Opinion: A special session should focus on retired state workers

Gov. Greg Abbott says he plans to call multiple special sessions this year so the Legislature can take care of its unfinished business from the regular session.

For more than 120,000 retired state workers, our business has been unfinished since 2001. That was Rick Perry’s first year as governor. It was when Democrats still held a majority in the Texas House. And it was the last time state leaders gave any pension increase to the former state employees who dedicated our careers to making Texas safer, stronger, and healthier.

The star that adorns the ceiling dome inside the rotunda of the Texas State Capitol.
(Photo: Ralph Barrera/AMERICAN-STATESMAN/File)

We are going on 22 years without any cost of living adjustment or extra pension check, while historic global inflation makes it harder to put food on our table and gas in our cars and trucks. Talk about unfinished business!

Gov. Abbott has already called lawmakers back to cut property taxes and deal with border issues. He will likely call them back again to address “school choice,” teacher pay, and K-12 funding. It’s vital that he add fair pensions for retired state workers to the call.

The Legislature still has the money available from Texas’s record $33 billion surplus. Retirees have the needeach and every day. And the governor has a history of putting multiple issues on special session calls, including in 2017 when he asked the Legislature to tackle 19 items in 30 days.

What we need now is the recognition that retired state workers were essential to making Texas great — and deserve better.

Too many people dismiss us as the “bureaucrats” who made Texans fill out forms or wait in long lines. We hear that all the time. But it’s not who we are.

Retired state workers guarded prisons. We built roads. We stocked lakes and blazed trails in parks. We protected vulnerable children and seniors from abuse and neglect. We coerced checks from deadbeat dads.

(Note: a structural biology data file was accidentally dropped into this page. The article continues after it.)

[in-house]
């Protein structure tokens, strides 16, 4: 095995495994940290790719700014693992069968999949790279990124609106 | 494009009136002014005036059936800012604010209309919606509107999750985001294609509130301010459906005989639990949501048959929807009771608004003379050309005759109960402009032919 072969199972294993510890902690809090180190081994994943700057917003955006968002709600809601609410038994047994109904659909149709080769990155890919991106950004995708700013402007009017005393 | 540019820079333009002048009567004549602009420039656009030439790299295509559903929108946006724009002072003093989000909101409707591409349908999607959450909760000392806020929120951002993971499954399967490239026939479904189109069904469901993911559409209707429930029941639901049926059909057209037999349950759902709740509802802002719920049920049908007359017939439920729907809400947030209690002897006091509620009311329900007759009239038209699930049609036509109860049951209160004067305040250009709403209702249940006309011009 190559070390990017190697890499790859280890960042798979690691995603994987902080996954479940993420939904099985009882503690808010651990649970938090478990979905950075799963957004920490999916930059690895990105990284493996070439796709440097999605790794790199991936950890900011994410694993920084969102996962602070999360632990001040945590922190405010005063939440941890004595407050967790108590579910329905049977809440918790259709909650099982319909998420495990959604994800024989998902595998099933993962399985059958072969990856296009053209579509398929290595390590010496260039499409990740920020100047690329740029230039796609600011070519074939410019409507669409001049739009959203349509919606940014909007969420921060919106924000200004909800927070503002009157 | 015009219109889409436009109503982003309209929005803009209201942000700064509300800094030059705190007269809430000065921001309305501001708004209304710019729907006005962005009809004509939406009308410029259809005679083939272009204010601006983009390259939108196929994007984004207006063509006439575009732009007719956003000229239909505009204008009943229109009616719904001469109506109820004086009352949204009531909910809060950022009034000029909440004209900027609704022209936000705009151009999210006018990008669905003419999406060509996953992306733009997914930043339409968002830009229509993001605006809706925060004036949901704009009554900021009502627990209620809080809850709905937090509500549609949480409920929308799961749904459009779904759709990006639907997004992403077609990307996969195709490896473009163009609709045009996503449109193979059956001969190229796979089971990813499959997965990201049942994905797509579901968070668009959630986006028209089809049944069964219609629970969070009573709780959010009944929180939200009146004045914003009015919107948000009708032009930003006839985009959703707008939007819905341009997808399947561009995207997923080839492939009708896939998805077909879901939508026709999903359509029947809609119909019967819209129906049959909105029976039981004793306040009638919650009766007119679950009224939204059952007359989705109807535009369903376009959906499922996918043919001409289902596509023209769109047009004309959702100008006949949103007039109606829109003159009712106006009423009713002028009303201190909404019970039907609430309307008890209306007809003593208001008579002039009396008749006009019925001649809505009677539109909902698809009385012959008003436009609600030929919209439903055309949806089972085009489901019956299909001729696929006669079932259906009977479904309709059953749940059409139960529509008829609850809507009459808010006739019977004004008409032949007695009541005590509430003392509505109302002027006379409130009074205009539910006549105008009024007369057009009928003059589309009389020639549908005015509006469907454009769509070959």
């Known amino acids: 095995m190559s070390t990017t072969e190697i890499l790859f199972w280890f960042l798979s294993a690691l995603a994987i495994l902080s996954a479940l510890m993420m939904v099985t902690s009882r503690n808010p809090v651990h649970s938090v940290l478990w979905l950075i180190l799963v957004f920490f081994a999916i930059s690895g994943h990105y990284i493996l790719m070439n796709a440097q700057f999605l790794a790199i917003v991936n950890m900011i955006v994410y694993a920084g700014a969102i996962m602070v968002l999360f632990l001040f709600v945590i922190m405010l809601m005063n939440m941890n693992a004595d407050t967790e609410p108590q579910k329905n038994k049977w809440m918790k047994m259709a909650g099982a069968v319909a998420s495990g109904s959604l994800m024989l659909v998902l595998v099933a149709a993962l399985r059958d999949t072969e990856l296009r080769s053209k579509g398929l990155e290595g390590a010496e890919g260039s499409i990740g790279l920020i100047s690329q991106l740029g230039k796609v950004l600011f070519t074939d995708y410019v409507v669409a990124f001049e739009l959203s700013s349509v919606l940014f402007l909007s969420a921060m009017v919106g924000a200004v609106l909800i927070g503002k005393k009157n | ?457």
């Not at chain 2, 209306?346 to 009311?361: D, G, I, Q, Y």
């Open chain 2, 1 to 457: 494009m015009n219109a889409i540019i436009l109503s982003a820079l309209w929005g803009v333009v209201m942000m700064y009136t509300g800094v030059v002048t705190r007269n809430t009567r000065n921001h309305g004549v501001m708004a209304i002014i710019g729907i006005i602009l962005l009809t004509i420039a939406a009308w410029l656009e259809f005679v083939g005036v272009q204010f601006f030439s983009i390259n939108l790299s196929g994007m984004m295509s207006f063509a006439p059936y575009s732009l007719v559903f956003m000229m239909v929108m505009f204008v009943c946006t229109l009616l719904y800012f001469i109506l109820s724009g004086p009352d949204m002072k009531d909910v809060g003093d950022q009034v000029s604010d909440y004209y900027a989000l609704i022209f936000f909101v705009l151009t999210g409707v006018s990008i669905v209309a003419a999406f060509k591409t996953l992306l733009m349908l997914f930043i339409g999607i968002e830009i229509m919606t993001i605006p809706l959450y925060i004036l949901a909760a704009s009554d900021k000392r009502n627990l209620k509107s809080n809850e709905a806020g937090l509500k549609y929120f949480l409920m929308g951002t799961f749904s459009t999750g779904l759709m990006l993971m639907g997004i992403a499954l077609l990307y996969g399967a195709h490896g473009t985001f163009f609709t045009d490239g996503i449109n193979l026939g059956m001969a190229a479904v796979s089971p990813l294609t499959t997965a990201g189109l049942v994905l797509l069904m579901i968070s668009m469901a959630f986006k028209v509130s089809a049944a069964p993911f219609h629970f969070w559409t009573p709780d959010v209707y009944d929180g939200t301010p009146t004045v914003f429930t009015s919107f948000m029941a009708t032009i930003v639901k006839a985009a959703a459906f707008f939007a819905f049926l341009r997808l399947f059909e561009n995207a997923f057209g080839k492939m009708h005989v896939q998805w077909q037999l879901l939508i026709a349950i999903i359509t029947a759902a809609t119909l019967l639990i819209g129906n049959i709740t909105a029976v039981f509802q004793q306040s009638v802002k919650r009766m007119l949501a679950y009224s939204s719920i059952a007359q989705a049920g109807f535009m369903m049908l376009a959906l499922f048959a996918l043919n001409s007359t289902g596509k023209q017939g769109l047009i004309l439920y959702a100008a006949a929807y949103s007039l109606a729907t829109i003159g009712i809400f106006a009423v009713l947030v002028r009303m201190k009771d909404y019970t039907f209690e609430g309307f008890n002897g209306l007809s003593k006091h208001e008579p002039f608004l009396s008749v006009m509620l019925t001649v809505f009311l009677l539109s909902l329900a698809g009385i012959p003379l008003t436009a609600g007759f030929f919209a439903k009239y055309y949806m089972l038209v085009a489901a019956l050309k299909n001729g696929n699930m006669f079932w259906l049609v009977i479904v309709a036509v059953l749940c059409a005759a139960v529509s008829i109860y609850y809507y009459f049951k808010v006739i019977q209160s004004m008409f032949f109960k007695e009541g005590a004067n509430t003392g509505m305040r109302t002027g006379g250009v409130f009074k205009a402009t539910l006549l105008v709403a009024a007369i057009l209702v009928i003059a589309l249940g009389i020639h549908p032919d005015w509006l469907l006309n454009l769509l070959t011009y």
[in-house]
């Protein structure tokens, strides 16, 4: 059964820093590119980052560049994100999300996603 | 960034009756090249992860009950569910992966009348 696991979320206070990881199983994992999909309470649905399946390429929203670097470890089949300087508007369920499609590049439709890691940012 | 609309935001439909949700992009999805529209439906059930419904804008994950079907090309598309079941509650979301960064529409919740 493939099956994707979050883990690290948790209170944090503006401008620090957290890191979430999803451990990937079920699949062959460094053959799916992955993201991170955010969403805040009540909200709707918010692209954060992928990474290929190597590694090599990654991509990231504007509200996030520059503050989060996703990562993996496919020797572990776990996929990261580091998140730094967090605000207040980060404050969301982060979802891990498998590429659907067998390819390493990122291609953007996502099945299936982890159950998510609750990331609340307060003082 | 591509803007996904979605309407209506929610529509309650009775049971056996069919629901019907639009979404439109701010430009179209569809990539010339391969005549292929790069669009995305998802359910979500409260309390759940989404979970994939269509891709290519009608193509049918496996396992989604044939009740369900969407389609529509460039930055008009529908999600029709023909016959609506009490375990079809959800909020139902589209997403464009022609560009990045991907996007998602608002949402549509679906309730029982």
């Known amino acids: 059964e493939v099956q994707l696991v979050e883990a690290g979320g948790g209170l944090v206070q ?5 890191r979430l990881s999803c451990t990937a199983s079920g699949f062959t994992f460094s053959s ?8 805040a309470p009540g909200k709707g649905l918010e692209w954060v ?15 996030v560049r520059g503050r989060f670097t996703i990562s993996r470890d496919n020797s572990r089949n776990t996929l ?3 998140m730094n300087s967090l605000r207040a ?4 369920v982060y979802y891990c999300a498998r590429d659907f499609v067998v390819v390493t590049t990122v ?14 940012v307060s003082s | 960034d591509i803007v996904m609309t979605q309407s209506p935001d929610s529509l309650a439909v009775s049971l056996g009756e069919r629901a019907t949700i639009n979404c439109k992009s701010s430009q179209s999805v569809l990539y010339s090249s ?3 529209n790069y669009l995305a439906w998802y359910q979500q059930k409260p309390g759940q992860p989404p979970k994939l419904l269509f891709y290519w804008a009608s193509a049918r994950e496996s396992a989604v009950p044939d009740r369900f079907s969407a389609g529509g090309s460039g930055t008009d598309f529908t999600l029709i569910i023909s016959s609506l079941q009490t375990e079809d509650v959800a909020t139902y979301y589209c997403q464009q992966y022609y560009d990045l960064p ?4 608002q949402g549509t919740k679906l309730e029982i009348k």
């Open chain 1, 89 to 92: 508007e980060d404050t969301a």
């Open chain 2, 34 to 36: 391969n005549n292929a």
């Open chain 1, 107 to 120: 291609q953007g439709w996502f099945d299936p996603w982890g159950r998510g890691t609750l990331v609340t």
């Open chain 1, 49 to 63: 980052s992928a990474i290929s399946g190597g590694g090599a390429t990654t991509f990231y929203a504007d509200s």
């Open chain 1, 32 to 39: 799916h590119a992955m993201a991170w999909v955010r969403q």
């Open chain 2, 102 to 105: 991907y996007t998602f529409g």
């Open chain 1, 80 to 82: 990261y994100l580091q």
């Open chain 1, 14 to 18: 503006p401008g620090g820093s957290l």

At the governor’s mansion and Capitol, where our policymakers work, we mowed lawns, cleaned toilets, wrote bill analyses, built websites, and turned the lights on in the morning. And more than 60,000 of us still live right here in Central Texas.

But the average worker who retired in 2001, when the last cost of living adjustment was approved, lives on just $18,000 a year from their state pension. If Social Security can give us a COLA every year (under Biden, under Trump, and under every other president), why can’t the state?

We are sick and tired of always waiting “a few more years” as we watch our friends who are retired teachers get the benefits enhancements they deserve today.

For just $250 million, lawmakers who return for a special session can provide a one-time 13th paycheck to all retired state workers in the coming budget — just like the one that retired teachers will be getting for the third budget cycle in a row.

Two years ago, the state began investing more long-term money in the Employees Retirement System so it doesn’t run out of money in the coming decades. That’s great. But many of our retirees will be long gone by then, and that investment doesn’t help today when costs are skyrocketing.

Retirees like me are already looking ahead to the next elections so we can elect leaders in the 89th Legislature who recognize everything we did to make Texas great and actually fight for our needs.

But Gov. Abbott has said there are still more chapters to be written by the 88th Legislature this summer and fall. We urge him to focus one of those chapters on the business of retired state workers, which has been left unfinished since the beginning of the century.

Elmore lives in Austin and is president of AFSCME Texas Retirees, Chapter 12. He retired from the Texas General Services Commission in 2002 after working 26 years for the state.

This article originally appeared on Austin American-Statesman: Opinion: A special session should focus on retired state workers